Goodwood Residences

On a recent trip to Singapore I was commissioned to photograph Goodwood Residences for Landscape Architects ICN Design International Pte Ltd.

The residences are spread over 2.5 hectares which border Goodwood Hill, a tree conservation area and the very busy Bukit Timah Road. By configuring the housing blocks in a particular manner the main recreation area, called the ‘The Grand Lawn’, is sheltered from the busy road creating a relaxing environment for the tenants where they can enjoy the amenities and unspoilt views into the tree reserve.

My brief was to focus on images of the detailed landscaping but the client also wanted me to capture the wider context of the planting and water features. It was a great project to photograph but couldn’t help thinking about having a swim in the pool the whole time I was there. I also had my complete setup (17mm Tiltshift Lens, camera body, tripod head and tripod) topple over onto the slate floor due to some top-heavy kit – but luckily the tripod head took the majority of the impact and both camera and lens were ok. A big relief!!

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2014 Tour Of Friendship Stage 2

Stage 2 of the Tour of Friendship was the first road stage, following the time trial of stage 1. We headed west towards Kanchanaburi Province along exposed two and three laned motorways.  The stage started with a 20km neutral zone to the official race start of which apparently I missed as all of a sudden the high pace got a lot faster and attacks were coming thick and fast.  I was accompanying the first group on the road which comprised of the Cat 1 Men, Women, Juniors and the Fifties men. It was the Cat 1 Men who got the ball rolling and it wasn’t long before one of the attacks got away.  Three riders were able to get up the road before they were slowly joined by a few riders bridging the gap in ones and twos.  The final breakaway ended up with about eleven riders.  It was interesting to watch as there seemed to be a big difference in strength across the group with a few riders doing the majority of the work and the weaker riders trying to hold the wheel at the rear of the pack.  It was hard to believe that with temperatures as high as 38 degrees some riders had  goose bumps on their arms and legs and a couple times I had to remind them to remember to drink to avoid getting dehydrated. In the end the break stayed away and Dave Christenson (Direct Asia) took an early flyer with 450m to go and held on for the win. It was a great first day of real racing and it left me really looking forward to the next few days ahead.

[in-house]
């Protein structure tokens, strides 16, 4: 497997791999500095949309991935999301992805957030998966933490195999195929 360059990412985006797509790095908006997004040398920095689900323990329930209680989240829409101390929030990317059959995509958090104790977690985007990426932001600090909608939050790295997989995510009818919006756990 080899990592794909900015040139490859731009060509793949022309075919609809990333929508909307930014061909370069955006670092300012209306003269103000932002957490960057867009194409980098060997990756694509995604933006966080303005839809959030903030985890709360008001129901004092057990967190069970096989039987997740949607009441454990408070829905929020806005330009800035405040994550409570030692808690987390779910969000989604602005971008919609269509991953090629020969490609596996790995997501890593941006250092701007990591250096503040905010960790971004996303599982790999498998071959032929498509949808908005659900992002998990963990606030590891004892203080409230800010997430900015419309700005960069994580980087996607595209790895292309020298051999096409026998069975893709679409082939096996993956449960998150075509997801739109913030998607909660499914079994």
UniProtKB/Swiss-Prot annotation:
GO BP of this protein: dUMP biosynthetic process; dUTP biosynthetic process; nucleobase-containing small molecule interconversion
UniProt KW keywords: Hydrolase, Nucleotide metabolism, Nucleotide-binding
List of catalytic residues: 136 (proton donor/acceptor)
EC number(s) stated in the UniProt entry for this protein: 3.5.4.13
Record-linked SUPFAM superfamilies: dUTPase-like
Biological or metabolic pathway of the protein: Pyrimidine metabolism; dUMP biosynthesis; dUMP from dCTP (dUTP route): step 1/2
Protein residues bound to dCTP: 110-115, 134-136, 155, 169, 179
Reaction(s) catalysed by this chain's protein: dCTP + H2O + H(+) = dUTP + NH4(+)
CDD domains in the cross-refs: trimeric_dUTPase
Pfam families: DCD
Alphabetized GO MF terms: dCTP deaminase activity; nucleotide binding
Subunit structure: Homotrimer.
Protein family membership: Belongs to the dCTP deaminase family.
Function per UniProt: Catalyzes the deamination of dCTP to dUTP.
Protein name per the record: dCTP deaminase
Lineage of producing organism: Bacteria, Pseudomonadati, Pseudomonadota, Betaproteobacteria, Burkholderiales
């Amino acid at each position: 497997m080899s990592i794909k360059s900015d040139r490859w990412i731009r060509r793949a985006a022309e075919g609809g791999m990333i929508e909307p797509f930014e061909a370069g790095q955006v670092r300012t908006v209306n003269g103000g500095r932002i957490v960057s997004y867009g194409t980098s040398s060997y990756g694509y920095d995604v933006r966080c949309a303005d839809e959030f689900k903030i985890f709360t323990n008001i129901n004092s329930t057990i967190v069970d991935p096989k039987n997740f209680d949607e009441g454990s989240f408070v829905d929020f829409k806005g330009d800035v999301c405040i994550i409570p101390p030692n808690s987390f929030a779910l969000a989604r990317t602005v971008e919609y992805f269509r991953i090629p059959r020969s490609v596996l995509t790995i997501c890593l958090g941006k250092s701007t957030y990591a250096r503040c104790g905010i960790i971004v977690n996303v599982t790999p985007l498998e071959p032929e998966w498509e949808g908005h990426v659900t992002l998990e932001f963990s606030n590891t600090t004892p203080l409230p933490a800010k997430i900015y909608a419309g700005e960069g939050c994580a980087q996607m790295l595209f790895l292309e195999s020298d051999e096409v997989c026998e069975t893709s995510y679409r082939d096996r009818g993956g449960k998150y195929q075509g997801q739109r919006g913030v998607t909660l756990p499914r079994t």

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A busy morning for the riders before they set off. Getting all the gear in the correct support van, signing in and finally posing for photos.

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Amazing infrastructure being built in Bangkok.  The riders ride beneath the recently constructed rail line as they head out of town.

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The police did an amazing job stopping traffic for the peloton.

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Riders from all over the world make up the peloton. The best beard in the peloton belonged to Nick Mahoney (Saint Cloud Racing) Australia.

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As soon as the neutral zone finished the attacks started.

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The pace was high in the break.

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High temperatures and lots of sweat meant riders kept their salt tablets handy.

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Exposed roads offered little protection from other road users and the sun.  Eri Yonamine and her Japanese counterpart Kyosuke Takei were two very strong riders.

img_Sports_0436And finally Dave Christenson (Direct Asia) out sprinted the break to take Stage 2.

 

2014 Tour Of Friendship Stage 1

Once again I had the privilege to go back and shoot the Tour of Friendship amateur road cycling race in Thailand.  I have now ridden the race once and shot it three times and each year I return it just gets better and better.  Khun Kai (Titaree Tanakorn) and her army of helpers are doing a great job and this would be one of the best value for money races I’ve been too, providing you can get yourself to Thailand.

It was a mixed bag in terms of teams this year and I didn’t really know who were the favourites.  The Specialized Mavericks brought along a big team which was spread out over the different categories and they looked strong in Cat 1.  Direct Asia had a solid lineup but I only knew of two riders who were potential podium finishers, however they had a experienced group of domestiques to help them.  The other team of note were Champion Systems.  In the womens category Eri Yonamine proved she was a force to be reckoned with when she produced a time in the individual time trial that many of the men would have been pleased to have.  I think she used the tour as a training camp as she rode the remainder of the race in the Open Mens cat and from what I saw she held her own.

For me, this year was hard work as I flew more or less straight to Thailand from the UK.  This put me on the back foot as I suffered from terrible jetlag during the first few days.  Once I got over that I started to enjoy it a lot more.  Being back on the back of the motorbike was also lots of fun and my driver (I called him ‘Valentino’) was just awesome.  I swear we had both our knees down on stage 3. Here are a few favorites from Stage 1. If you would like to purchase any images you can view them all on my website at www.craigsheppard.co.nz

img_Sports_0421The starting straight.